A Dowding Thomas

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Sometimes
you come across an article so serially erroneous and illogical that
it's better to respond to each distortion point by point and forsake
traditional composition. Maureen Dowd's bush-league vitriol toward
Justice Clarence Thomas in her
February 14 New York Times column
is such an article.
(In addition to being Black History Month, February seems to be
Bash Clarence Thomas Month.)

"After
10 years in the shadows, after a mute decade on the bench, Clarence
Thomas had a black-tie coming-out party last night."

So
when I met Thomas at a publicized speech in 1999 and saw him speak
on C-SPAN several times thereafter, this was all illusory. Does
Dowd think I shook hands with a doppelganger that proceeded to impersonate
his Honor at other venues?

As
for the muteness dig, how does inquisitive frequency bear on juridical
quality? This seems an extraneous stylistic preference; if anything,
Thomas's relative silence confirms his deliberative maturity.

"The
Garbo of the Supreme Court talked. And talked. And talked."

This
reminds me of Ben Stiller's line in Your Friends and Neighbors:
"I'm accused of speaking." (The context was a bit different.)
Yes, Thomas actually engaged in substantive utterances during a
speech. I take it Dowd would've preferred some pseudo-sophisticated
minimalism a la John Cage's "4'33." (Thomas's
speech can be read here
.)

"And
what Justice Thomas said was pretty bellicose. Rejecting the president's
call for compromise and harmony, he said, u2018Today there is much talk
about moderation,' but there is an u2018overemphasis on civility.'"

It
was less bellicose than affirmative, but bellicosity's not so bad
anyway. Quite often, a prescription of "etiquette" or
"civility" seeks to instill docility in the face of injustice – what
Thomas referred to as "yielding to a false form of civility."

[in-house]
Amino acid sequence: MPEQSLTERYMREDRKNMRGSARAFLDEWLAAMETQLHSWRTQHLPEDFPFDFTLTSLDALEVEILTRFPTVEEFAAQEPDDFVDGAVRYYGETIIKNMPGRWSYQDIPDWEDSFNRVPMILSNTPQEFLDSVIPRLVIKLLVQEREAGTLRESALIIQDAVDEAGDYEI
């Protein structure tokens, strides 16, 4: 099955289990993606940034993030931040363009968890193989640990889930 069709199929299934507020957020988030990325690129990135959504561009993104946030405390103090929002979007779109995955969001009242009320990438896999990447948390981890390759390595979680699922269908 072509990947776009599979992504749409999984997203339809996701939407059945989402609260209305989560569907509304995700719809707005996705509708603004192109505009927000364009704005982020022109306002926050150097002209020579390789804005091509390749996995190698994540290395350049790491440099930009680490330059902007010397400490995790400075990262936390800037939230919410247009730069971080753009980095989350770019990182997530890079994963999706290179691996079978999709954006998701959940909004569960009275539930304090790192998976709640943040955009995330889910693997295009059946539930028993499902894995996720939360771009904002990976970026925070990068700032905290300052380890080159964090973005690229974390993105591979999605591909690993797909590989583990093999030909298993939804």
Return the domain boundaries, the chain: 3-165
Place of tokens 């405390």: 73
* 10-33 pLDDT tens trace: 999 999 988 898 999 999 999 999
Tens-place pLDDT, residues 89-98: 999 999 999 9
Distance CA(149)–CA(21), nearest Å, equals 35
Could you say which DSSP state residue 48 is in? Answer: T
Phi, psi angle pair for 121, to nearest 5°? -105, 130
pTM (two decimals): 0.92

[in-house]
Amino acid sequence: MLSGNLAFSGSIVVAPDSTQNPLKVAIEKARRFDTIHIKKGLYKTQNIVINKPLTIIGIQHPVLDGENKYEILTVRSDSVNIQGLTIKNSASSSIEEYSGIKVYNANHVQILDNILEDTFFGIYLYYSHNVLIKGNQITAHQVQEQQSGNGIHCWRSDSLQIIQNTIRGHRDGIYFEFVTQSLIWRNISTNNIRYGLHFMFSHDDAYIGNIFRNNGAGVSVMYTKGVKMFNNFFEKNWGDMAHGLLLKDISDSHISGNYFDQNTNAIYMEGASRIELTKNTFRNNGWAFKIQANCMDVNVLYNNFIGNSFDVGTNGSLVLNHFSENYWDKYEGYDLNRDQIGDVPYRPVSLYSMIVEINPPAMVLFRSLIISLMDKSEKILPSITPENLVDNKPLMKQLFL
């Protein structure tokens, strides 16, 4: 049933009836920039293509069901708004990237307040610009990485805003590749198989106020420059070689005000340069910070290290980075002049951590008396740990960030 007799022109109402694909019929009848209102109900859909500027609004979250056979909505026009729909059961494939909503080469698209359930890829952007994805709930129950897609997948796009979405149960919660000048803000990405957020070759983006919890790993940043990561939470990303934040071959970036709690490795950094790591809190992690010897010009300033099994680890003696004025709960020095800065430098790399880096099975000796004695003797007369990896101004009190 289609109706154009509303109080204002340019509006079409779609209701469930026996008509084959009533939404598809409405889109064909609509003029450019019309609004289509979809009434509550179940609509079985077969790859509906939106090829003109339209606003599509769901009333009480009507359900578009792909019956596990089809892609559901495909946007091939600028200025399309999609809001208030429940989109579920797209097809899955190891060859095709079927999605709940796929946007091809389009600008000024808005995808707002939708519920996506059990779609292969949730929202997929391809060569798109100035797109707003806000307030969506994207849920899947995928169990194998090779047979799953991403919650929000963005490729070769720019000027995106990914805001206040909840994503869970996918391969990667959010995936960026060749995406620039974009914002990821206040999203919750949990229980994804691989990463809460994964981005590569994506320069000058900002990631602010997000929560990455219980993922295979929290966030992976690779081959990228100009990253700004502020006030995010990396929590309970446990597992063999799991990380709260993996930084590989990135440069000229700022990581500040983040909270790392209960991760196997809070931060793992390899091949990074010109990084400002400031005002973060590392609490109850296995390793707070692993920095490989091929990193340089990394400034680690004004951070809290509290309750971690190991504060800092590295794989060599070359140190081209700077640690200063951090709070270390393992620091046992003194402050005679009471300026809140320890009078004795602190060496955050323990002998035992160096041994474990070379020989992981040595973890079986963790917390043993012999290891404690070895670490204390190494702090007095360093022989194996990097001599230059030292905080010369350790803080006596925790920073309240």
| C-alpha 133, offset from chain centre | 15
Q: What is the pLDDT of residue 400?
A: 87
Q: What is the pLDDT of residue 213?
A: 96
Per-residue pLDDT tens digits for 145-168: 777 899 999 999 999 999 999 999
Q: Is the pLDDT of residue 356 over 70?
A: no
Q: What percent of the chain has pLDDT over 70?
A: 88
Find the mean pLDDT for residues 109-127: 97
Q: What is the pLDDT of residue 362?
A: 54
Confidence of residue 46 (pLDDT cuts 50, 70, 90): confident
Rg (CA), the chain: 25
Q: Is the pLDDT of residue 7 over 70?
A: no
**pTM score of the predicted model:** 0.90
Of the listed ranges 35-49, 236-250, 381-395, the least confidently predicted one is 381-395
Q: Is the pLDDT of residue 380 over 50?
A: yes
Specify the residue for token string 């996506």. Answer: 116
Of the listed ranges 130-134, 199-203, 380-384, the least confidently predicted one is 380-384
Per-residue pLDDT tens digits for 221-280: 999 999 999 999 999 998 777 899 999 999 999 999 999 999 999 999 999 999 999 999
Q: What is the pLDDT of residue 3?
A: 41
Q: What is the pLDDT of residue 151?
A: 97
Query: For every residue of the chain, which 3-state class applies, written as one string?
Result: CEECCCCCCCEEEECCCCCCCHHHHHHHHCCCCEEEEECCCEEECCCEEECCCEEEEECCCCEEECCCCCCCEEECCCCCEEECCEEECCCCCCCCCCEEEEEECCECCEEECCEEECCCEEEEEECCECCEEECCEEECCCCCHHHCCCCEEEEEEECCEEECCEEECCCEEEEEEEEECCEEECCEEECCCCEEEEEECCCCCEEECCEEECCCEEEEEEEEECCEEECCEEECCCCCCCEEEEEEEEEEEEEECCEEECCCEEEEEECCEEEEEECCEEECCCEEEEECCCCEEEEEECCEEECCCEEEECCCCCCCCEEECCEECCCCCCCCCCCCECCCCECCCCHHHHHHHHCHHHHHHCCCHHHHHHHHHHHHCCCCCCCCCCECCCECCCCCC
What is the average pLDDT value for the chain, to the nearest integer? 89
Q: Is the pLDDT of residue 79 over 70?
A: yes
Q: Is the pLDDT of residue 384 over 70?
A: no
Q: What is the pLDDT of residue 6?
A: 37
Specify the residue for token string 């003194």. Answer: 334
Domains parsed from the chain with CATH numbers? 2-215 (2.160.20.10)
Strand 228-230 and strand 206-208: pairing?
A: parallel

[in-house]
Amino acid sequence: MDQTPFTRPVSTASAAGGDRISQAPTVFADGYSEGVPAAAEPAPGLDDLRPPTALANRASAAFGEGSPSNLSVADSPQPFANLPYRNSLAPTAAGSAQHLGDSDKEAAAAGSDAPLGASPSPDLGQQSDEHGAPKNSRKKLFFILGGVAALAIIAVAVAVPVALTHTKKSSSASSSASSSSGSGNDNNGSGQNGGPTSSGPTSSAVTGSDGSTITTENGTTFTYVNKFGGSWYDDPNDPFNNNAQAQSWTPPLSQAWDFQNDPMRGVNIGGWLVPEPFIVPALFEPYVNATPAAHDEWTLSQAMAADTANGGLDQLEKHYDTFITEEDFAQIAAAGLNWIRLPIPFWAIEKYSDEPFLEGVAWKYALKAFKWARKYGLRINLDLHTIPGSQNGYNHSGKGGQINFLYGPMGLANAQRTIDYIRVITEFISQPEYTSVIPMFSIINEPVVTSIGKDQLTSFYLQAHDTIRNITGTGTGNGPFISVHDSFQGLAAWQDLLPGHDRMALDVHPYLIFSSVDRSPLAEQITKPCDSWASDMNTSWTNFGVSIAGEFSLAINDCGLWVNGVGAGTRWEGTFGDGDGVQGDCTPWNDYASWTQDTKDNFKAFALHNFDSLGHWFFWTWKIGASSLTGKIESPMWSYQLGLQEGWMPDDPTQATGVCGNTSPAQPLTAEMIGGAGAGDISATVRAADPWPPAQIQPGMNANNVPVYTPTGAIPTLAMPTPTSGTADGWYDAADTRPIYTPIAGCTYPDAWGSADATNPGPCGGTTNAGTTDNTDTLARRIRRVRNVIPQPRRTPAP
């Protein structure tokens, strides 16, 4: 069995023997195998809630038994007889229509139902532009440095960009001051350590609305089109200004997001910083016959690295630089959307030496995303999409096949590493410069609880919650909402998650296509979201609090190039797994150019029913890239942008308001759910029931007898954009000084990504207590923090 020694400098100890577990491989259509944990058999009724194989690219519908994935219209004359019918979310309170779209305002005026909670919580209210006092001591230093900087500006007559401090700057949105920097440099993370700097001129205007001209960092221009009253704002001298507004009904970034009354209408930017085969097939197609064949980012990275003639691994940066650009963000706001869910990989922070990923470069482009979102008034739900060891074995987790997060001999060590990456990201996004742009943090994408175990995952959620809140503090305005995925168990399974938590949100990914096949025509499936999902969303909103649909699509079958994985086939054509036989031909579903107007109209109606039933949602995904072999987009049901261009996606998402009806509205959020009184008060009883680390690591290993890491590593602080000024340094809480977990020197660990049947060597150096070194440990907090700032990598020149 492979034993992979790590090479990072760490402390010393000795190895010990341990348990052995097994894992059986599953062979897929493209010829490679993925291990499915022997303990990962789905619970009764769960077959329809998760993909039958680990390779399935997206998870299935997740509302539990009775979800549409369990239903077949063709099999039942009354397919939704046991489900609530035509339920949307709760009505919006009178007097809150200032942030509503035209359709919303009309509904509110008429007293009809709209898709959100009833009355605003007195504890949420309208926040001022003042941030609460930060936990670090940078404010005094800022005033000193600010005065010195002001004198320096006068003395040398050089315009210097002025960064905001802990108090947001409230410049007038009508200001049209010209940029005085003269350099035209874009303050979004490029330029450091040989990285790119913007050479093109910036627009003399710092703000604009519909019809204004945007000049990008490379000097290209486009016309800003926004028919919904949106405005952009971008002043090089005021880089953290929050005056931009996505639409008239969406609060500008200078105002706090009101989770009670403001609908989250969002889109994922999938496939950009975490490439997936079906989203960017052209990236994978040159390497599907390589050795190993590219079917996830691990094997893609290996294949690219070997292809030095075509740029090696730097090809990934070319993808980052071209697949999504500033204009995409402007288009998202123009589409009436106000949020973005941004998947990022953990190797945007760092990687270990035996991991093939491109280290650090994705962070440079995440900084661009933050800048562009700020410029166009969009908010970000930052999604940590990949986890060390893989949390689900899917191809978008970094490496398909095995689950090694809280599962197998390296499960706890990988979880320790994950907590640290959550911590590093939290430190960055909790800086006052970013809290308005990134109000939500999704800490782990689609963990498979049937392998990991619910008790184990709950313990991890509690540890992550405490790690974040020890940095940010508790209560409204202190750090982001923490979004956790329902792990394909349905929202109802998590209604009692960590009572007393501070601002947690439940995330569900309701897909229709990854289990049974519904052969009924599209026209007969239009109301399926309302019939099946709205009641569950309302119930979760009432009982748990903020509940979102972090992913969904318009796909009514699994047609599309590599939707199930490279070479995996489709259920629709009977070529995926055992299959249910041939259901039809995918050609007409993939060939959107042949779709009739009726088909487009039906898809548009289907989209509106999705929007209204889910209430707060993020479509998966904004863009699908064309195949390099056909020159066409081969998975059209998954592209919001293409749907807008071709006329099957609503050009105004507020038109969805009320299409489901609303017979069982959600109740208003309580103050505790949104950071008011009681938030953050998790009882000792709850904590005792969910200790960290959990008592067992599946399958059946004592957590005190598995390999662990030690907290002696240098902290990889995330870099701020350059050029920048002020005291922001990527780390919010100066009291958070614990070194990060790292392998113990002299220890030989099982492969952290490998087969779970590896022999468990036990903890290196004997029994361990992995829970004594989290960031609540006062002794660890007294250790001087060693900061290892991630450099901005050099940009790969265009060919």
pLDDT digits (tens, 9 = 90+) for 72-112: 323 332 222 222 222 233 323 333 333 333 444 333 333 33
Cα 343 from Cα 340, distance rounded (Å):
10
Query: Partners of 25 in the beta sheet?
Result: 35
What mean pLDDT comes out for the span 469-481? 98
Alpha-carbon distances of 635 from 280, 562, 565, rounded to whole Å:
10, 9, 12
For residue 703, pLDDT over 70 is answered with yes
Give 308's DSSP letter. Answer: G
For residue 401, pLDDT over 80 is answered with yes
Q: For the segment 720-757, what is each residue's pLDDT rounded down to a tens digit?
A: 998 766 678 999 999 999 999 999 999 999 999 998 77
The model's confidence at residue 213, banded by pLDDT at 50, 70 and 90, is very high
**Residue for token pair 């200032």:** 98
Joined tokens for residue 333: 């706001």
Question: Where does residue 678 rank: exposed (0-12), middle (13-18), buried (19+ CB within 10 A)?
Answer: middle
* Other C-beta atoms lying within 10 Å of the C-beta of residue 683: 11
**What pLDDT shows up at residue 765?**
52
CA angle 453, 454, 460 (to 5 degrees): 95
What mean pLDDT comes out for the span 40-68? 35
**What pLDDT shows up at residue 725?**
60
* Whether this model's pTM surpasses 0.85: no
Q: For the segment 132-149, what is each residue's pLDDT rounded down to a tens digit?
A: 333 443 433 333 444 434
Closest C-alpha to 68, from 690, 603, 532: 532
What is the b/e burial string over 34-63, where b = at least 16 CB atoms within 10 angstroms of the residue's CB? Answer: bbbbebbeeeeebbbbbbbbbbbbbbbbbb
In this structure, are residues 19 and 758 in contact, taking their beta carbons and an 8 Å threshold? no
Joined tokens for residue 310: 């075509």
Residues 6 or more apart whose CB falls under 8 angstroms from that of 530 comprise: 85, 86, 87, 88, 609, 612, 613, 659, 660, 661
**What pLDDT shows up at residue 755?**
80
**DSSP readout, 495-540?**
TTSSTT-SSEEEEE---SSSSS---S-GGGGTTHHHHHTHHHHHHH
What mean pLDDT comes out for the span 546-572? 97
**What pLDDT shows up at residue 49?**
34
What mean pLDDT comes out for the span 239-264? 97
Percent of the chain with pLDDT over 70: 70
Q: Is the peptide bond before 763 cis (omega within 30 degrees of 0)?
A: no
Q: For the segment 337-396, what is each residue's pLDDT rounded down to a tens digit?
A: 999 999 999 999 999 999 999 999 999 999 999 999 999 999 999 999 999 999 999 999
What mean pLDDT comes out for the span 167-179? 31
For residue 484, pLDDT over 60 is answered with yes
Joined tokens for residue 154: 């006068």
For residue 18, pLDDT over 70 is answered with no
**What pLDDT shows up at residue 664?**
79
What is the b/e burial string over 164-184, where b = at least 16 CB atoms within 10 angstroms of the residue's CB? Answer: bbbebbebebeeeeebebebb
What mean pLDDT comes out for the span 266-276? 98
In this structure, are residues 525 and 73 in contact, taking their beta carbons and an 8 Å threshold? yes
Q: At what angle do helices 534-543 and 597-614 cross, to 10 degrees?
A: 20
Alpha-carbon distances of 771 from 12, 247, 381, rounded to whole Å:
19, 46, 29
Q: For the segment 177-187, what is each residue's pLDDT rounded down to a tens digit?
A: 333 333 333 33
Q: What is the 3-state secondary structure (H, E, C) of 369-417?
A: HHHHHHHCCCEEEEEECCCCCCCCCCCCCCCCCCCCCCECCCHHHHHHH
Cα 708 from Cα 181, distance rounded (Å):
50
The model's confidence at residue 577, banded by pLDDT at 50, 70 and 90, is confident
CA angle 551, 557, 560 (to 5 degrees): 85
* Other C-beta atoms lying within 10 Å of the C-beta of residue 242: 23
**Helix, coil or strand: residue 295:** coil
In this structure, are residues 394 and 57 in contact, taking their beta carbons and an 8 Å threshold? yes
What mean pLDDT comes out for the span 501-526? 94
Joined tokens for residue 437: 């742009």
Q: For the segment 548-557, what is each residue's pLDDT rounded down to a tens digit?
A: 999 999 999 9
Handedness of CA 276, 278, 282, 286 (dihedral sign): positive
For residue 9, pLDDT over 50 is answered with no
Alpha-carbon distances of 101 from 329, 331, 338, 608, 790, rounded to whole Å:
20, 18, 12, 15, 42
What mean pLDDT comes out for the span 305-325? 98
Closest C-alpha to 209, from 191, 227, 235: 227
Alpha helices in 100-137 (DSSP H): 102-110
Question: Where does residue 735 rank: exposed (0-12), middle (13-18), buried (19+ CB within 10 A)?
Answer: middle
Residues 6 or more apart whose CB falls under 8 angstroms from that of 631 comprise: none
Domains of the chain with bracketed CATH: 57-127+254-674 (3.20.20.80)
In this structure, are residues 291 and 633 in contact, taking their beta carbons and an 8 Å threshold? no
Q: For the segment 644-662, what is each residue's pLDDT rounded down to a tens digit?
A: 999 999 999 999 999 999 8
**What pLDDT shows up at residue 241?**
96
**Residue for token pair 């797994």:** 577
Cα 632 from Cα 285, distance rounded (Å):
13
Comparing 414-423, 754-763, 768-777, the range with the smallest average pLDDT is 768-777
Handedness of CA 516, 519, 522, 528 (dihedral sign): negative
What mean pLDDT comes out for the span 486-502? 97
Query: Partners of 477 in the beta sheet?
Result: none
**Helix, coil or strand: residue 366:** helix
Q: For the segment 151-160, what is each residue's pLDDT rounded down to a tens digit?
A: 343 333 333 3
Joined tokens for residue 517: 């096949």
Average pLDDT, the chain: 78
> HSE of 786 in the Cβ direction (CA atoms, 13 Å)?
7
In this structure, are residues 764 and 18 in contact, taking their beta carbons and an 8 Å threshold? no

(Don't be uppity with these objections to tyranny; it's just uncouth!)

"As
Bill Clinton went to Harlem seeking validation from a mostly black
crowd, Clarence Thomas went to the Hilton seeking validation from
a mostly white crowd."

A
good sign of critical enfeeblement is the resort to psychoanalysis;
there's often a strong strain of condescension in it. Of course
motivational speculation can have merit; once words like "validation"
start being used, though, the road to ink blots is near. (Dowd appears
to be slouching in her
New York Times picture
; is this indicative of a woman
with low self-esteem? I don't know and would find it arrogant to
conclude so.)

"Many
of the whites who crowded around Clarence can't stand Bill [Clinton].
And many of the blacks who crowded around Bill [in Harlem] can't
stand Clarence."

This
has lots of rhetorical appeal and zero significance other than reflecting
the political orientations of white American Enterprise Institute
supporters and some black Harlem residents. And what's with the
first-name reference to Thomas? I doubt Dowd knows him – so much for
her critique of his civility.

"As
Ebony magazine recently wrote of Justice Thomas: u2018Why does it appear
that he consistently votes for issues supported by racists and archconservatives,
and opposed by . . . almost all blacks?'"

Martin
Luther King, Jr. once said of Barry Goldwater: "While not himself
a racist, Mr. Goldwater articulates a philosophy which gives aid
and comfort to the racist." Dowd shares King's penchant for
fallacious argument. (Call it the fallacy of guilt by functional
concurrence.) I'm sure white supremacists share my opposition to
antidiscrimination laws. Does this entail my endorsement of their
toxic creed? That'd be a no.

Oh,
the Left: so much resentment, so little rationality.

February
23, 2001

Myles
Kantor lives in Boynton Beach, Florida.

Myles
Kantor Archives

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